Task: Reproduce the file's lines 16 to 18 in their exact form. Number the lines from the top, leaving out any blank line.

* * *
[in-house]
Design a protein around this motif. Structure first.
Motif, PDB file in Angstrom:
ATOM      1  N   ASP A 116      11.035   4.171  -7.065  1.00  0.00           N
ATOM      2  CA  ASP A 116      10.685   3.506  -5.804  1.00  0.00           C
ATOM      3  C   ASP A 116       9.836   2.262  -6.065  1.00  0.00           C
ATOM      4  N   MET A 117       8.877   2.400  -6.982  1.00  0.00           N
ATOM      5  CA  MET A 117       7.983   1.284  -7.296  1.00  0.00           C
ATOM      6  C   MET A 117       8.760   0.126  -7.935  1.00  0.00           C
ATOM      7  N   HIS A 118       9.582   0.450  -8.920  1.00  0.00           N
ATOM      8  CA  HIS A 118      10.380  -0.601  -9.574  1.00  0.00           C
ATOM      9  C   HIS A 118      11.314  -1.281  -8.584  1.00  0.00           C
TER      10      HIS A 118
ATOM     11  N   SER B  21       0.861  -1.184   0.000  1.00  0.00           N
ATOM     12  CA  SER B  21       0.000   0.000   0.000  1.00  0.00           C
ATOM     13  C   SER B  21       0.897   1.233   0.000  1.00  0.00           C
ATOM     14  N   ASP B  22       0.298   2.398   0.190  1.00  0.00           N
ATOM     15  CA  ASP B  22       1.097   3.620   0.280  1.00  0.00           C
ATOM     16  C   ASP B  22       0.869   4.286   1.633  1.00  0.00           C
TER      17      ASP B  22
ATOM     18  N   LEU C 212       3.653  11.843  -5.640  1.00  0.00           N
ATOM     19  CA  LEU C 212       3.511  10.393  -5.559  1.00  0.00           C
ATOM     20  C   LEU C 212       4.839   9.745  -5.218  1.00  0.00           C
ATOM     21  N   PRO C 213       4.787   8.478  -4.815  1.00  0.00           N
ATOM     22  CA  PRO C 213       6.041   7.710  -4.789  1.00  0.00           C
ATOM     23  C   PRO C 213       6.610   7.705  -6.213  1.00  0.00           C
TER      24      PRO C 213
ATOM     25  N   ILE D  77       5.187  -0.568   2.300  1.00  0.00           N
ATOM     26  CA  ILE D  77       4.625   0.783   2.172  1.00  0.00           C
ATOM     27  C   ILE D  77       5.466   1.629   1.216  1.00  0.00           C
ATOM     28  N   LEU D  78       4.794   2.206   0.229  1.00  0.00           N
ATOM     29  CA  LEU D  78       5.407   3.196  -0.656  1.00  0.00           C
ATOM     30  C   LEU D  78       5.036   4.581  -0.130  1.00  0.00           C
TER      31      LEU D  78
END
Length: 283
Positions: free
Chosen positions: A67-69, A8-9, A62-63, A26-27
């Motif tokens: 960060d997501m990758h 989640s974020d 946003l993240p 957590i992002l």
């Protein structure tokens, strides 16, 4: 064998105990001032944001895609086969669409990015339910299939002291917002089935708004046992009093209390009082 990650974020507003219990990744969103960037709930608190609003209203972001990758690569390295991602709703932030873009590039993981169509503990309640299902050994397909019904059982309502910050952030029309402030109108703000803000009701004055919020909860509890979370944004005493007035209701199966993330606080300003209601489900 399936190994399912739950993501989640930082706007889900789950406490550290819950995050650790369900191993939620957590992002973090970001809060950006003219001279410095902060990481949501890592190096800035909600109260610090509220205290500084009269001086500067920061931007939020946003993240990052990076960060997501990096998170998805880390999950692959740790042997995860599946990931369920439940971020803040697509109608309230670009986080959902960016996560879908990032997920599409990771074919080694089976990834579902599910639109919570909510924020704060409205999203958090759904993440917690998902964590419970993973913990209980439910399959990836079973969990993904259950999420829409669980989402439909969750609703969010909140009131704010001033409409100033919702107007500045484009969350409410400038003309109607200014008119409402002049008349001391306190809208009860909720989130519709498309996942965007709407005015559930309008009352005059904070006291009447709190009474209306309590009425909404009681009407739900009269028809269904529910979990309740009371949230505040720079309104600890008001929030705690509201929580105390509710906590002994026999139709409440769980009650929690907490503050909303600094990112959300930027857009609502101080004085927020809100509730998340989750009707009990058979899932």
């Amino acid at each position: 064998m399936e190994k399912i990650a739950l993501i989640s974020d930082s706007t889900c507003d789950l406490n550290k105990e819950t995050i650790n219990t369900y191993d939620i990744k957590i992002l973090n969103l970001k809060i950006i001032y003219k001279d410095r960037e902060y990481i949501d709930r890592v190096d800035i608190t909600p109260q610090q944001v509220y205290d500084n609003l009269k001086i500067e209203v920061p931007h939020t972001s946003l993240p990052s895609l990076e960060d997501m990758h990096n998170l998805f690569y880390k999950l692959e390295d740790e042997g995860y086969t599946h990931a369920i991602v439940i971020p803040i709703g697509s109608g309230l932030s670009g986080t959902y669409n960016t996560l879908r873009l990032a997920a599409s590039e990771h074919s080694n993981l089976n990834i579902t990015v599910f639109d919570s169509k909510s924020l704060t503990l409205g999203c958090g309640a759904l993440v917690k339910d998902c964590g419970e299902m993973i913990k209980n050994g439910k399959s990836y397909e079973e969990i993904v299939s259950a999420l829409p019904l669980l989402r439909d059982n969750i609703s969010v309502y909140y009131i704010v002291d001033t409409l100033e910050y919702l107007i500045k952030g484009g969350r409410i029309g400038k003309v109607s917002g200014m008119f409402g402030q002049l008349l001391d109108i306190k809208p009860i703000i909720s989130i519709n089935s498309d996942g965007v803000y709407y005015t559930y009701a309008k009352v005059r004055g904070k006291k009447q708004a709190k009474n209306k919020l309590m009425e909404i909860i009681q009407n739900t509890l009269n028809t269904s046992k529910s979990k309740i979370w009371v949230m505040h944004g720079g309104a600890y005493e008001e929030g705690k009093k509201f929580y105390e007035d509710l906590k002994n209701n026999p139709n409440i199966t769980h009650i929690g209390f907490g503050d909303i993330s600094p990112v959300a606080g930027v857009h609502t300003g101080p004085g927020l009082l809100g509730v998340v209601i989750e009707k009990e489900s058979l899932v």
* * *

ATOM     13  C   SER B  21       0.897   1.233   0.000  1.00  0.00           C
ATOM     14  N   ASP B  22       0.298   2.398   0.190  1.00  0.00           N
ATOM     15  CA  ASP B  22       1.097   3.620   0.280  1.00  0.00           C